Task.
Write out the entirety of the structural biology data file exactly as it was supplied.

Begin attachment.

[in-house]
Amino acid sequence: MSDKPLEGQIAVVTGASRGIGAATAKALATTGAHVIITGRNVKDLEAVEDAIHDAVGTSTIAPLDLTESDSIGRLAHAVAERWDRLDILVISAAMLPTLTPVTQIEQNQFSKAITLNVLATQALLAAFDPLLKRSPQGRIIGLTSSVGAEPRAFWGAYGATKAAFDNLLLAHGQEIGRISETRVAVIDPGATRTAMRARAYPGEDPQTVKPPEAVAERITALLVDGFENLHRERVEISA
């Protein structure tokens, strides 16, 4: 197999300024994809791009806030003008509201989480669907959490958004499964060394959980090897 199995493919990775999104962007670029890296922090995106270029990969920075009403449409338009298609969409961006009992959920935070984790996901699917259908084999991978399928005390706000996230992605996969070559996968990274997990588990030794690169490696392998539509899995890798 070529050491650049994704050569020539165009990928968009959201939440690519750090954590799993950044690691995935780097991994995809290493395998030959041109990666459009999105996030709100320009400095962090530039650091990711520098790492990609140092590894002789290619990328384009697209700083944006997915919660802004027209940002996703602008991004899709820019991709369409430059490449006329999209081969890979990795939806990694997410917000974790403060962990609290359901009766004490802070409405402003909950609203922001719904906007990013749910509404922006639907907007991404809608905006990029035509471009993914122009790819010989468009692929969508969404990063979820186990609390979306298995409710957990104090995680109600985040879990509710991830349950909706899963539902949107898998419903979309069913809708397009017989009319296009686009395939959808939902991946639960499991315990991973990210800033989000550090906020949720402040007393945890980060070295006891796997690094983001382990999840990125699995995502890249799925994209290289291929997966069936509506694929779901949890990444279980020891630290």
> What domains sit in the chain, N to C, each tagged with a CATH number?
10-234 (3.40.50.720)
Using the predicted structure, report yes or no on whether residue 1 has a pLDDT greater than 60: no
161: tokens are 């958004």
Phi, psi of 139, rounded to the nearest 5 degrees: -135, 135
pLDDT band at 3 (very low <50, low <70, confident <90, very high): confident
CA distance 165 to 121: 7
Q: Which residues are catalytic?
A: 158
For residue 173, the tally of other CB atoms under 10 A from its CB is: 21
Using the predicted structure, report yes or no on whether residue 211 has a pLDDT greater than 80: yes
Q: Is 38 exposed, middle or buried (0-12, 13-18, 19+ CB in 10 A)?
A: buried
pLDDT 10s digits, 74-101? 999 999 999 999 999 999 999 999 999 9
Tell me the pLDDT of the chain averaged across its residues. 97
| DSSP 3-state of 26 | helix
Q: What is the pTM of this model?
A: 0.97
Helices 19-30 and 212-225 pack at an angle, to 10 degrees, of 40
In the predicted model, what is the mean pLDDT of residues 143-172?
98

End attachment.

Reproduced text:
[in-house]
Amino acid sequence: MSDKPLEGQIAVVTGASRGIGAATAKALATTGAHVIITGRNVKDLEAVEDAIHDAVGTSTIAPLDLTESDSIGRLAHAVAERWDRLDILVISAAMLPTLTPVTQIEQNQFSKAITLNVLATQALLAAFDPLLKRSPQGRIIGLTSSVGAEPRAFWGAYGATKAAFDNLLLAHGQEIGRISETRVAVIDPGATRTAMRARAYPGEDPQTVKPPEAVAERITALLVDGFENLHRERVEISA
């Protein structure tokens, strides 16, 4: 197999300024994809791009806030003008509201989480669907959490958004499964060394959980090897 199995493919990775999104962007670029890296922090995106270029990969920075009403449409338009298609969409961006009992959920935070984790996901699917259908084999991978399928005390706000996230992605996969070559996968990274997990588990030794690169490696392998539509899995890798 070529050491650049994704050569020539165009990928968009959201939440690519750090954590799993950044690691995935780097991994995809290493395998030959041109990666459009999105996030709100320009400095962090530039650091990711520098790492990609140092590894002789290619990328384009697209700083944006997915919660802004027209940002996703602008991004899709820019991709369409430059490449006329999209081969890979990795939806990694997410917000974790403060962990609290359901009766004490802070409405402003909950609203922001719904906007990013749910509404922006639907907007991404809608905006990029035509471009993914122009790819010989468009692929969508969404990063979820186990609390979306298995409710957990104090995680109600985040879990509710991830349950909706899963539902949107898998419903979309069913809708397009017989009319296009686009395939959808939902991946639960499991315990991973990210800033989000550090906020949720402040007393945890980060070295006891796997690094983001382990999840990125699995995502890249799925994209290289291929997966069936509506694929779901949890990444279980020891630290």
> What domains sit in the chain, N to C, each tagged with a CATH number?
10-234 (3.40.50.720)
Using the predicted structure, report yes or no on whether residue 1 has a pLDDT greater than 60: no
161: tokens are 């958004």
Phi, psi of 139, rounded to the nearest 5 degrees: -135, 135
pLDDT band at 3 (very low <50, low <70, confident <90, very high): confident
CA distance 165 to 121: 7
Q: Which residues are catalytic?
A: 158
For residue 173, the tally of other CB atoms under 10 A from its CB is: 21
Using the predicted structure, report yes or no on whether residue 211 has a pLDDT greater than 80: yes
Q: Is 38 exposed, middle or buried (0-12, 13-18, 19+ CB in 10 A)?
A: buried
pLDDT 10s digits, 74-101? 999 999 999 999 999 999 999 999 999 9
Tell me the pLDDT of the chain averaged across its residues. 97
| DSSP 3-state of 26 | helix
Q: What is the pTM of this model?
A: 0.97
Helices 19-30 and 212-225 pack at an angle, to 10 degrees, of 40
In the predicted model, what is the mean pLDDT of residues 143-172?
98